Tag Archives: children’s book

Happy Birthday Maurice Sendak!

10 Jun

google

Google marks what would have been Maurice Sendak’s 85th birthday with a delightfully interactive tribute to his most famous work, ‘Where the Wild Things Are‘.

Sendak is pretty much the coolest picture book writer of all time, even if he had a bit of internalised homophobia going on. He didn’t believe in fairytale childhood, and while my favourite story of his has a very clear moral (“care”), most of his work didn’t. He simply believed in telling the truth. Sometimes the truth involved man-eating lions, sometimes it involved death, sometimes it involved a penis or two.

This bluntness was the central message of his documentary with Spike Jonze, ‘Tell Them Anything You Want’. If you’ve never seen it you should make time for it today. Right now, actually.

Come on. It’s only forty minutes long!

New Fiction Review: ‘Doll Bones’ by Holly Black

1 Jun

dollbones

I won my copy of ‘Doll Bones’ through one of Goodread‘s First Reads competition and it couldn’t have come at a better time, as I was in the stages of recovering from a particularly bad ‘The Graveyard Book‘-induced book hangover. I hadn’t read any of Holly Black’s previous works (no, not even the Spiderwick Chronicles) so I didn’t know what to expect, but I thought this book might make an appropriate supplement to Neil Gaiman’s novel. I was not disappointed.

‘Doll Bones’ is an unexpected coming of age story which follows three preteen BFFs who are on a quest to placate a ghost who may, or may not, be haunting them in the guise of a bone china doll. With a father like the one in ‘The Neverending Story‘ and a naïvety concerning his affect on girls his age, Zach is a cute choice for protagonist. I love that he wasn’t a bit ashamed to be carrying around this doll, and his concern about growing up and having to stop playing with the girls was touching and poignant. One particular passage near the beginning reminded me of the first half of the latest Hyperbole and a Half blog post:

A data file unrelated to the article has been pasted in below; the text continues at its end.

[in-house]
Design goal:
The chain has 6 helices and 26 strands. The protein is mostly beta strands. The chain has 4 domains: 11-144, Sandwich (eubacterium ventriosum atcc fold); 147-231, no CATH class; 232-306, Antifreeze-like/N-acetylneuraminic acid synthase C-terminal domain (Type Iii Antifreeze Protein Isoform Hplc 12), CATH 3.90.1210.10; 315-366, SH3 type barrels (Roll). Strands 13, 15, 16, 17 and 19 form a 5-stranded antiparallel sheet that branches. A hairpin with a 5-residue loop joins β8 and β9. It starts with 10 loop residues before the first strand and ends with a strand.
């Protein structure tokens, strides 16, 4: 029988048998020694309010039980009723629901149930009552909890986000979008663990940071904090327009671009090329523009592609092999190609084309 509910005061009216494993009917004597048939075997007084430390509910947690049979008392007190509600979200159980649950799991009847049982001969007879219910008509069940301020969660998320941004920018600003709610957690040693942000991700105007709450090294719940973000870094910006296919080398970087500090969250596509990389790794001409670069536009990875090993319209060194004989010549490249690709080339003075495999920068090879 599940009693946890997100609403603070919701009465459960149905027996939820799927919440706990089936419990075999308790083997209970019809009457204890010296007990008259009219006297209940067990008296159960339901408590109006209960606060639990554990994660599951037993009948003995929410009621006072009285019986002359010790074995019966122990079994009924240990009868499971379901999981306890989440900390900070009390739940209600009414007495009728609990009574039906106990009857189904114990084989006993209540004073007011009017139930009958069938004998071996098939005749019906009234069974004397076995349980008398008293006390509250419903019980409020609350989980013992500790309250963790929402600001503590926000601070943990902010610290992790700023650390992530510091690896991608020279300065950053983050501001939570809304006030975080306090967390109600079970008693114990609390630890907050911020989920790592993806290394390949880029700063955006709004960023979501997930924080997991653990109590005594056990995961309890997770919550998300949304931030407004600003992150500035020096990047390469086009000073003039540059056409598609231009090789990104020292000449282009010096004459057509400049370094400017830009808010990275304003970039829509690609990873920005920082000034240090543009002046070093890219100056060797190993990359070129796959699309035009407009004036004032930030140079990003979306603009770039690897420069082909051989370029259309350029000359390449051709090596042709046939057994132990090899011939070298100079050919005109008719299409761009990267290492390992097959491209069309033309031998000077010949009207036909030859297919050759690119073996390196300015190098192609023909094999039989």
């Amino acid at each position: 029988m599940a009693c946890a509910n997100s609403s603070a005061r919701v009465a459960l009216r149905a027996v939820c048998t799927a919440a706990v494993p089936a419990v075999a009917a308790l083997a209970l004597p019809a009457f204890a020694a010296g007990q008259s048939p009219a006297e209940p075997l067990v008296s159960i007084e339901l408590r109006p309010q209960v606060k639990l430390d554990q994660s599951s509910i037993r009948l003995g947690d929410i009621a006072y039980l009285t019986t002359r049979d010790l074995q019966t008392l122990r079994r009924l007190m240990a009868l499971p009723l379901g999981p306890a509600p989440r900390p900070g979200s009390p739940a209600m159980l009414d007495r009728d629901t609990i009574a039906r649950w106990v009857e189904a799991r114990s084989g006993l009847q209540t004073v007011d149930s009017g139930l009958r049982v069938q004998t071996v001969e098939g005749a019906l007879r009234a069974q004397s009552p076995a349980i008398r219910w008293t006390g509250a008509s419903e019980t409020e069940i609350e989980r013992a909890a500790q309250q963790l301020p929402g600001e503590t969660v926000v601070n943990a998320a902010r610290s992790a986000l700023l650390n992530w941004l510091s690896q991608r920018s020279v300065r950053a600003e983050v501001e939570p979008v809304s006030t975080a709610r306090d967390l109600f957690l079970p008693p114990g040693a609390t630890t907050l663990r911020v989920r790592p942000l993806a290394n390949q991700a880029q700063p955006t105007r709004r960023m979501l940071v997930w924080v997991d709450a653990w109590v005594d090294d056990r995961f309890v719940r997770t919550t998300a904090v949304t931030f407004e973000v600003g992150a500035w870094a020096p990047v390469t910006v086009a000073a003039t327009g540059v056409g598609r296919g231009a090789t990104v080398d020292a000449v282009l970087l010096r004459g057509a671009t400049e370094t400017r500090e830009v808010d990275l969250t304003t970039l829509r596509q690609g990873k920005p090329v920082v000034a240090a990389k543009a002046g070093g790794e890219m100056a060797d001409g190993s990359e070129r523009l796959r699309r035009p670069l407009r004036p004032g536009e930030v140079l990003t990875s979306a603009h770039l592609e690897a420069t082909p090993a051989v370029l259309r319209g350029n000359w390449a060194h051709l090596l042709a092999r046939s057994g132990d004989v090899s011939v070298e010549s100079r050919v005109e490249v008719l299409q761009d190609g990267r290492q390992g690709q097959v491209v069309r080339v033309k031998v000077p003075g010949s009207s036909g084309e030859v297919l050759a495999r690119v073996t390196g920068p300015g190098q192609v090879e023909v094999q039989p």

That was why Zach loved playing: those moments where it seemed like he was accessing some other world, one that felt real as anything. It was something he never wanted to give up. He’d rather go on playing like this forever, no matter how old they got, although he didn’t see how that was possible. It was already hard sometimes.

Growing up is inevitable and sad. Something gets lost but it doesn’t have to be lost forever… not if you don’t want it to be. I find myself wanting to write this C.S. Lewis quote down and slip it between the pages of one of Zach’s books (like he was doing in one of the library scenes): “When I became a man I put away childish things, including the fear of childishness and the desire to be very grown up.”

‘Doll Bones’ is different to other quest plots in that the characters actually know they are ‘questing’. The children are fans of J.R.R. Tolkein, Doctor Who and other fantasy worlds; they relish the idea of their adventure, and some of the themes about growing up and putting toys away etc. play into this hope against all odds that magic can be real. This can be a little postmodern at times, for example when Zach is wondering about all the questers who must have failed before the heroes finally prevailed in the stories he loves, but it’s a nice touch and very fun to pick up on while reading.

I definitely wouldn’t recommend this book for children under the recommended reading age as it’s quite creepy – unless they’re connoisseurs of Goosebumps or whatever the contemporary equivalent is. I think a child revisiting this book when they’re fully grown will find it even more precious, after they’ve lived their own bildungsroman. Older readers should be able to get through this book in a couple of days. It’s really that absorbing. When you’re not reading it you’re wondering about the characters and their plight, and I think that’s the mark of a good novel. Black is clearly brilliant at creating story worlds, and despite the fantasy element of this one it was still totally believable. I’ll certainly be checking out her other writings – especially now as I have another book hangover to deal with!